Obtaining Disability Benefits for a Child with Special Needs

By Ram Meyyappan, Social Security Disability Help Parents of children with special needs are well aware of how costly it can be to provide the best care for their loved one. Fortunately, disability benefits are available to provide financial assistance. Conditions that May Qualify Children can medically qualify for disability benefits from the Social Security […]


October 2013 - Vol. , Issue

By Ram Meyyappan, Social Security Disability Help

Parents of children with special needs are well aware of how costly it can be to provide the best care for their loved one. Fortunately, disability benefits are available to provide financial assistance.

Conditions that May Qualify

Children can medically qualify for disability benefits from the Social Security Administration (SSA) for a wide range of disabilities, though a child’s condition must meet a pronounced severity level in order to be eligible.

Just a few of the medical conditions that can qualify a child for disability benefits are:

  • Growth impairments and muscular, skeletal, joint and neurological disorders.
  • Vision, hearing, and speech impairments.
  • Systemic conditions that affect multiple body areas, such as Down syndrome.
  • Genetic conditions and congenital impairments of the organs, including the heart, lungs, kidneys and digestive tract.
  • Childhood cancers, immune system disorders, disorders of the endocrine system, like diabetes.
  • Mental and behavioral disorders, including intellectual and developmental disabilities like ADHD, Autism, and personality, anxiety and mood disorders.

Severity Level Determinations

To determine if the effects of the condition are severe enough to result in disability, the SSA closely evaluates the child’s medical records, school information and details provided about his or her daily activities and abilities.

With adult disability applicants, the SSA looks at whether or not a medical impairment prevents employment. With children, however, they review whether an impairment causes delays in development– whether physical, mental or emotional- or in social functioning and interpersonal interactions.

Applying for Benefits

To apply for benefits on behalf of a child with special needs, parents must complete an interview with an SSA representative. That interview must be scheduled in advance and generally takes place at a local SSA office.

The following documentation and evidence are required in order to complete an application:

  • Medical records, including doctor’s notes, diagnostic test results, medication records and records regarding hospital stays or other treatments required.
  • School records, if applicable, including information on academic and intellectual assessments, disciplinary documents and other performance records.
  • Information concerning the child, income, assets and other financial resources.

What to Expect

Children will only qualify for disability benefits through the Supplemental Security Income (SSI) since SSI is the only program that does not require any work history. This program is need-based and, therefore, your financial information will be crucial to determining eligibility. For more information on the financial eligibility requirements for SSI, visit: http://www.socialsecurity.gov/ssi/text-child-ussi.htm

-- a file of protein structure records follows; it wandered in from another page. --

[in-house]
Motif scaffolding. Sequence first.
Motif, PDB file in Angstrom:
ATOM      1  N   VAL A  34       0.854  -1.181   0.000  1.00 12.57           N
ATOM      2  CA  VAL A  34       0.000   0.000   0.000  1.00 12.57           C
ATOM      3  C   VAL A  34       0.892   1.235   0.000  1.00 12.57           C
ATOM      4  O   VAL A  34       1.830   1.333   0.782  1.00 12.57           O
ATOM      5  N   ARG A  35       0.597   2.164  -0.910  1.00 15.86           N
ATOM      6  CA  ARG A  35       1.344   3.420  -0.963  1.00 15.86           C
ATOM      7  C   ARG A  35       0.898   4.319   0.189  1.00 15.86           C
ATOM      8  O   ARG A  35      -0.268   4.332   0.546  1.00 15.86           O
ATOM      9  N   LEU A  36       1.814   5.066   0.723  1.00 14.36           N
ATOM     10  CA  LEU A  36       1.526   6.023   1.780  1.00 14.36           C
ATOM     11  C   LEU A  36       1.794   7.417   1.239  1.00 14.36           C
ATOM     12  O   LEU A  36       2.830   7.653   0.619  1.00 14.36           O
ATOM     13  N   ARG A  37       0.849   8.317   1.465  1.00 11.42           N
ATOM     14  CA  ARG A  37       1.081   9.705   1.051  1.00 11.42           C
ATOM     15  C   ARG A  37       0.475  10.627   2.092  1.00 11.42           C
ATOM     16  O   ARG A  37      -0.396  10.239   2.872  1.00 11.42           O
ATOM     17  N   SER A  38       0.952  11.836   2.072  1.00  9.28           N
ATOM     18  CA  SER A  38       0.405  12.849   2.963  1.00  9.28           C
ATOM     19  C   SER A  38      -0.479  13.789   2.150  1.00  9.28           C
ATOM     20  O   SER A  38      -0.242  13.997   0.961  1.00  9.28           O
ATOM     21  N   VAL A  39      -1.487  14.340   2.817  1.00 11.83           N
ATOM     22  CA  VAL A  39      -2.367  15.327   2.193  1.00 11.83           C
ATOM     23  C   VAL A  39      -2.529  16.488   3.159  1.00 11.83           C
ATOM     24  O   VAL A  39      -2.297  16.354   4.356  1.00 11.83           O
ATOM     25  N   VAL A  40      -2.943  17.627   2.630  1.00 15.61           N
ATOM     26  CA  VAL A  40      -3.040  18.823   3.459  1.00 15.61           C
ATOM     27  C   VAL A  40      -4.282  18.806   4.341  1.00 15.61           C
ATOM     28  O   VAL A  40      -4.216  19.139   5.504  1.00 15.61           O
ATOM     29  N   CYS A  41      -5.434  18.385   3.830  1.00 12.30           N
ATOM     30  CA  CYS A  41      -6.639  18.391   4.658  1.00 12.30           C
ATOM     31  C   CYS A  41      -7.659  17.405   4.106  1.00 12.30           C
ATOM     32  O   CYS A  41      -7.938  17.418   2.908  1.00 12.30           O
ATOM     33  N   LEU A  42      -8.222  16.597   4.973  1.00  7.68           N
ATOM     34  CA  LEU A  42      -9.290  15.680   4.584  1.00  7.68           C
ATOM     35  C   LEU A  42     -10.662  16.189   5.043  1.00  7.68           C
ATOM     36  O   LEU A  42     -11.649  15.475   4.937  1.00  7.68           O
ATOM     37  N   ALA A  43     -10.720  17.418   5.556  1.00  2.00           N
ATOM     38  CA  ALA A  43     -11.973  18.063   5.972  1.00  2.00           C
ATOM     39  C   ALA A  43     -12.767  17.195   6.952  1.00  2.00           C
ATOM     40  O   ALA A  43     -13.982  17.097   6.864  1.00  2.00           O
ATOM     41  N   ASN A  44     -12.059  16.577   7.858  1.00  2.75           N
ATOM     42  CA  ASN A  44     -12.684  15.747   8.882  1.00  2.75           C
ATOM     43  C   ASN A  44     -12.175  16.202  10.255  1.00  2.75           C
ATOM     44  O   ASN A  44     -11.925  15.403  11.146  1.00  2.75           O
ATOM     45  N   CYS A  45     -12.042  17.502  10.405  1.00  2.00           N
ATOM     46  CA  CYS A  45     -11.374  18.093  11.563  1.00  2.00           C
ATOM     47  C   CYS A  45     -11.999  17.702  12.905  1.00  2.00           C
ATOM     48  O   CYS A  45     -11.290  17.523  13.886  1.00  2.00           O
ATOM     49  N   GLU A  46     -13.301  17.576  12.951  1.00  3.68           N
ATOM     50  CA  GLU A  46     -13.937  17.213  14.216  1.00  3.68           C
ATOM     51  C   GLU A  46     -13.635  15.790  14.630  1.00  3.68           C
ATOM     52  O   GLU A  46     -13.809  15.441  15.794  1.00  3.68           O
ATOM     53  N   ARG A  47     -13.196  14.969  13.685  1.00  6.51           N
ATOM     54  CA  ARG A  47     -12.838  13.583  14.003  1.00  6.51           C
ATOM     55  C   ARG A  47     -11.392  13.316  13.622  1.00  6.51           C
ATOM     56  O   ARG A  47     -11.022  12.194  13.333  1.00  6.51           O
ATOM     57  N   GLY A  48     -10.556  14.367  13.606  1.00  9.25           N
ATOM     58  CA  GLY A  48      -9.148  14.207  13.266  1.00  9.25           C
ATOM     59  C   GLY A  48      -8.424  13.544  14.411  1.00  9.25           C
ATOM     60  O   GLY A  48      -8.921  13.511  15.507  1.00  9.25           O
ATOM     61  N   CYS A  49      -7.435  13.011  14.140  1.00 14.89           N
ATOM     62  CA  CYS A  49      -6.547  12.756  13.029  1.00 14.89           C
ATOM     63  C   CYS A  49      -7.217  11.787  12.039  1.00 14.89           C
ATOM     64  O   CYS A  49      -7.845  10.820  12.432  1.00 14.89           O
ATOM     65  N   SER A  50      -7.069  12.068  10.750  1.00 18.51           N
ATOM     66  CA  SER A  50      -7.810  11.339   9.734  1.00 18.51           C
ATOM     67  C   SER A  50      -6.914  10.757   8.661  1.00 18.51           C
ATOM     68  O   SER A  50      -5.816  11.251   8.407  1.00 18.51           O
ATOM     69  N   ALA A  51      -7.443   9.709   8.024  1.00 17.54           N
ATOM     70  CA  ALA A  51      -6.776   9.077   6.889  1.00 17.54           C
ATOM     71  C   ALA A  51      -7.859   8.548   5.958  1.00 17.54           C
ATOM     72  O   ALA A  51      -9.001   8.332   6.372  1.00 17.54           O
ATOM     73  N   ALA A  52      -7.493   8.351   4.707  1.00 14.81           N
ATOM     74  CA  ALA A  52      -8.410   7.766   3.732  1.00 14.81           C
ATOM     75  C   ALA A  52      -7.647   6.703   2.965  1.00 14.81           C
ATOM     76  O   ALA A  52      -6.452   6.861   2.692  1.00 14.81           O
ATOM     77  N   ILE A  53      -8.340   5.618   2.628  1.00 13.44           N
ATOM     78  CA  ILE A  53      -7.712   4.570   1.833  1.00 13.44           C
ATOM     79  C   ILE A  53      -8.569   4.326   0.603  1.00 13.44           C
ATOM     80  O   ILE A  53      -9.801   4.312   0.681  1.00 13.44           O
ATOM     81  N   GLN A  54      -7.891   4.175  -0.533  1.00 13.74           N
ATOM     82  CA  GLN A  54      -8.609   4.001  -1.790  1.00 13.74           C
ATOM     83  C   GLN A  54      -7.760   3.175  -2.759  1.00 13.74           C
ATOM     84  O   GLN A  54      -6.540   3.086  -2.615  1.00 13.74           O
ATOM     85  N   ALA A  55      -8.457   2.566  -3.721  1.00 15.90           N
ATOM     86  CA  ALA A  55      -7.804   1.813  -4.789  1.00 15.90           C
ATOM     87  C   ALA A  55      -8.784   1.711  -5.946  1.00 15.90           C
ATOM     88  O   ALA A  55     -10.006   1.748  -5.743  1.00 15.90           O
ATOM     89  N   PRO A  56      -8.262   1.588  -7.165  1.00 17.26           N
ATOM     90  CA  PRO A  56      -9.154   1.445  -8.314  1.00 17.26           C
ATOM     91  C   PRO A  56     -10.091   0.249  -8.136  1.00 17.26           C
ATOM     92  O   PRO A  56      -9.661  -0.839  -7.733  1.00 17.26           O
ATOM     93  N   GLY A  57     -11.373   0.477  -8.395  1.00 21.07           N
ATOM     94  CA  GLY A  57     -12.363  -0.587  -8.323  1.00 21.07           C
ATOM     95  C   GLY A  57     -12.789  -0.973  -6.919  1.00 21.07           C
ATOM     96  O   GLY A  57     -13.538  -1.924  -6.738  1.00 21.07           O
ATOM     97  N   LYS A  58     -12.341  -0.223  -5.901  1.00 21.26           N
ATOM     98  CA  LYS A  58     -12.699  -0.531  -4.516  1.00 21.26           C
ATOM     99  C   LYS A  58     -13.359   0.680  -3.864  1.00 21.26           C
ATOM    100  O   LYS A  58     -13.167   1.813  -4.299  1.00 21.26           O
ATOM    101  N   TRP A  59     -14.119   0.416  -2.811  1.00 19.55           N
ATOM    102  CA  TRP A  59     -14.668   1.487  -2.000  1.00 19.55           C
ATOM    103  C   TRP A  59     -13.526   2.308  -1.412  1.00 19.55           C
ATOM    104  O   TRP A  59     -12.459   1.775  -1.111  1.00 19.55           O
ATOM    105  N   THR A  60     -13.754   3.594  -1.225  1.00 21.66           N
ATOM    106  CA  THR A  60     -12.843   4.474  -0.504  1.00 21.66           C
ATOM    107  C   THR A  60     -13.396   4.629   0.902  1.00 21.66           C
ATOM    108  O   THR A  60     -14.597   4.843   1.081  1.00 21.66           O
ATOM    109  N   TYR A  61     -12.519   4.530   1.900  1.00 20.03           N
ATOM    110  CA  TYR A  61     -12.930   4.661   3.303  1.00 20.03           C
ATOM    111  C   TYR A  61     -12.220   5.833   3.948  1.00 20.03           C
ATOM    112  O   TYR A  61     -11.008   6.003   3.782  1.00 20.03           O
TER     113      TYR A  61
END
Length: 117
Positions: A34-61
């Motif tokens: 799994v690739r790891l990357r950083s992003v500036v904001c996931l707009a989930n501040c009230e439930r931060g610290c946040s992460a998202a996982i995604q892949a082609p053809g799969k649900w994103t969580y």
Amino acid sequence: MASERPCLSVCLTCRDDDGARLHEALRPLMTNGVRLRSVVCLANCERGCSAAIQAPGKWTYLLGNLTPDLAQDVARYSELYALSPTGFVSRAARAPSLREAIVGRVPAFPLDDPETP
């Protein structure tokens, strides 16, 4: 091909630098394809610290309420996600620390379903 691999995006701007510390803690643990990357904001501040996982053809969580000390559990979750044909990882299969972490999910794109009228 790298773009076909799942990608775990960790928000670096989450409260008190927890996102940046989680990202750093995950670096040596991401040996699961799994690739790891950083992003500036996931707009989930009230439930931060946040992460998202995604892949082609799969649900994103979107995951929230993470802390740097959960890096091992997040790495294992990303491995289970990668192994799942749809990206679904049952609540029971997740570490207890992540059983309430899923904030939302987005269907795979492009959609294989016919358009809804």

You should also keep in mind that most applicants wait at least four months for a decision, and even then your application may be denied. However, you can file appeals and seek assistance, if necessary, in order to get the benefits you need for providing the level of daily care your child deserves.


About this Newsletter: We hope you find this newsletter useful and informative, but it is not the same as legal counsel. A free newsletter is ultimately worth everything it costs you; you rely on it at your own risk. Good legal advice includes a review of all of the facts of your situation, including many that may at first blush seem to you not to matter. The plan it generates is sensitive to your goals and wishes while taking into account a whole panoply of laws, rules and practices, many not published. That is what The Special Needs Alliance is all about. Contact information for a member in your state may be obtained by visiting the Special Needs Alliance online.


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2019-07-03T14:55:01+00:00

One Comment

  1. Ross Hart October 27, 2013 at 8:48 am

    Excellent advice. Further thoughts that I used for my daughter:

    Filling out the form, while needed, doesn’t tell the story. I prepared a two page narrative (“executive summary”) describing the onset of my daughter’s condition, the various doctors/clinics/hospitals she went to (with contact info) and appended admission/discharge summaries we had received from the providers. She also went with me to SSA (as “exhibit A”) when the application was filed. The worker read the narrative, glanced at the supporting docs, and started benefits that day.

    We’ve kept the narrative up to date and every time she sees a new doctor she provides that narrative as part of the process — I’ve had doctors come thank me personally for having the narrative as they saw the whole picture much quicker. And yes, I’ve prepared a narrative about myself. My daughter and I keep our narratives in a doc file in our smartphones.

    In my practice I recommend all my clients draft a narrative about their medical history and give them a ‘sanitized’ version of my daughter’s as a sample.

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